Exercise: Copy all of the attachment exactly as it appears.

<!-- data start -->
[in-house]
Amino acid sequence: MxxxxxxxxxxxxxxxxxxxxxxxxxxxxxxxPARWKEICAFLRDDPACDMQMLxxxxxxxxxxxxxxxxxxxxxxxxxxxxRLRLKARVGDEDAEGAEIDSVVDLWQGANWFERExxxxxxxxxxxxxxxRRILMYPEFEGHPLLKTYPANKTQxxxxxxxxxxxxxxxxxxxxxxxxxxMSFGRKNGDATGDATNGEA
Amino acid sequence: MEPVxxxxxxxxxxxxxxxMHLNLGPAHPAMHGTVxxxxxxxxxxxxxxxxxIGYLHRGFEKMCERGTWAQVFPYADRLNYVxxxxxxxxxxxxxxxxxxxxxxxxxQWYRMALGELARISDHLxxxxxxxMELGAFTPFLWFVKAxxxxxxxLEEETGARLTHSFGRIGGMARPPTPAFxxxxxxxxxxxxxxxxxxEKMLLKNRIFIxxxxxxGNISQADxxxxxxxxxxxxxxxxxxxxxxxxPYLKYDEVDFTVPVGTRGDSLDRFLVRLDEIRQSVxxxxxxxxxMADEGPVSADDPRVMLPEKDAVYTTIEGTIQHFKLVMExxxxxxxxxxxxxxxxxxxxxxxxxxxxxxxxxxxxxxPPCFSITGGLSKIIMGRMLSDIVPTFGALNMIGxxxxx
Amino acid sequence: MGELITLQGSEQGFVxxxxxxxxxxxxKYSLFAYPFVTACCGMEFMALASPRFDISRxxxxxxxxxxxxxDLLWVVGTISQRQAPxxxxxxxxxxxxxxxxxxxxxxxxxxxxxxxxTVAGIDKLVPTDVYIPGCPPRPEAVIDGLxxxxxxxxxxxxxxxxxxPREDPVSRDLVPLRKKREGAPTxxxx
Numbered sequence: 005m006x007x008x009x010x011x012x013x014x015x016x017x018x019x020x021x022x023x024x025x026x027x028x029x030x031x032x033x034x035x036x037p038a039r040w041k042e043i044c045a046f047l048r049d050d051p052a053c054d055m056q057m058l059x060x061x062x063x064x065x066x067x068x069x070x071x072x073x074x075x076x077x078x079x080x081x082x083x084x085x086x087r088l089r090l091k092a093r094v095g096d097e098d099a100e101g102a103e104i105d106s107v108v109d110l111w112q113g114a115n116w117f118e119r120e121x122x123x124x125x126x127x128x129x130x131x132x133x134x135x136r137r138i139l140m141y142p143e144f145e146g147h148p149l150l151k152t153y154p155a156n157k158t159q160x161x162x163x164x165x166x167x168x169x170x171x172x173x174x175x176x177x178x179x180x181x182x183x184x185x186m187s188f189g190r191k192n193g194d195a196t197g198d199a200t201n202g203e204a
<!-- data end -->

[in-house]
Amino acid sequence: MxxxxxxxxxxxxxxxxxxxxxxxxxxxxxxxPARWKEICAFLRDDPACDMQMLxxxxxxxxxxxxxxxxxxxxxxxxxxxxRLRLKARVGDEDAEGAEIDSVVDLWQGANWFERExxxxxxxxxxxxxxxRRILMYPEFEGHPLLKTYPANKTQxxxxxxxxxxxxxxxxxxxxxxxxxxMSFGRKNGDATGDATNGEA
Amino acid sequence: MEPVxxxxxxxxxxxxxxxMHLNLGPAHPAMHGTVxxxxxxxxxxxxxxxxxIGYLHRGFEKMCERGTWAQVFPYADRLNYVxxxxxxxxxxxxxxxxxxxxxxxxxQWYRMALGELARISDHLxxxxxxxMELGAFTPFLWFVKAxxxxxxxLEEETGARLTHSFGRIGGMARPPTPAFxxxxxxxxxxxxxxxxxxEKMLLKNRIFIxxxxxxGNISQADxxxxxxxxxxxxxxxxxxxxxxxxPYLKYDEVDFTVPVGTRGDSLDRFLVRLDEIRQSVxxxxxxxxxMADEGPVSADDPRVMLPEKDAVYTTIEGTIQHFKLVMExxxxxxxxxxxxxxxxxxxxxxxxxxxxxxxxxxxxxxPPCFSITGGLSKIIMGRMLSDIVPTFGALNMIGxxxxx
Amino acid sequence: MGELITLQGSEQGFVxxxxxxxxxxxxKYSLFAYPFVTACCGMEFMALASPRFDISRxxxxxxxxxxxxxDLLWVVGTISQRQAPxxxxxxxxxxxxxxxxxxxxxxxxxxxxxxxxTVAGIDKLVPTDVYIPGCPPRPEAVIDGLxxxxxxxxxxxxxxxxxxPREDPVSRDLVPLRKKREGAPTxxxx
Numbered sequence: 005m006x007x008x009x010x011x012x013x014x015x016x017x018x019x020x021x022x023x024x025x026x027x028x029x030x031x032x033x034x035x036x037p038a039r040w041k042e043i044c045a046f047l048r049d050d051p052a053c054d055m056q057m058l059x060x061x062x063x064x065x066x067x068x069x070x071x072x073x074x075x076x077x078x079x080x081x082x083x084x085x086x087r088l089r090l091k092a093r094v095g096d097e098d099a100e101g102a103e104i105d106s107v108v109d110l111w112q113g114a115n116w117f118e119r120e121x122x123x124x125x126x127x128x129x130x131x132x133x134x135x136r137r138i139l140m141y142p143e144f145e146g147h148p149l150l151k152t153y154p155a156n157k158t159q160x161x162x163x164x165x166x167x168x169x170x171x172x173x174x175x176x177x178x179x180x181x182x183x184x185x186m187s188f189g190r191k192n193g194d195a196t197g198d199a200t201n202g203e204a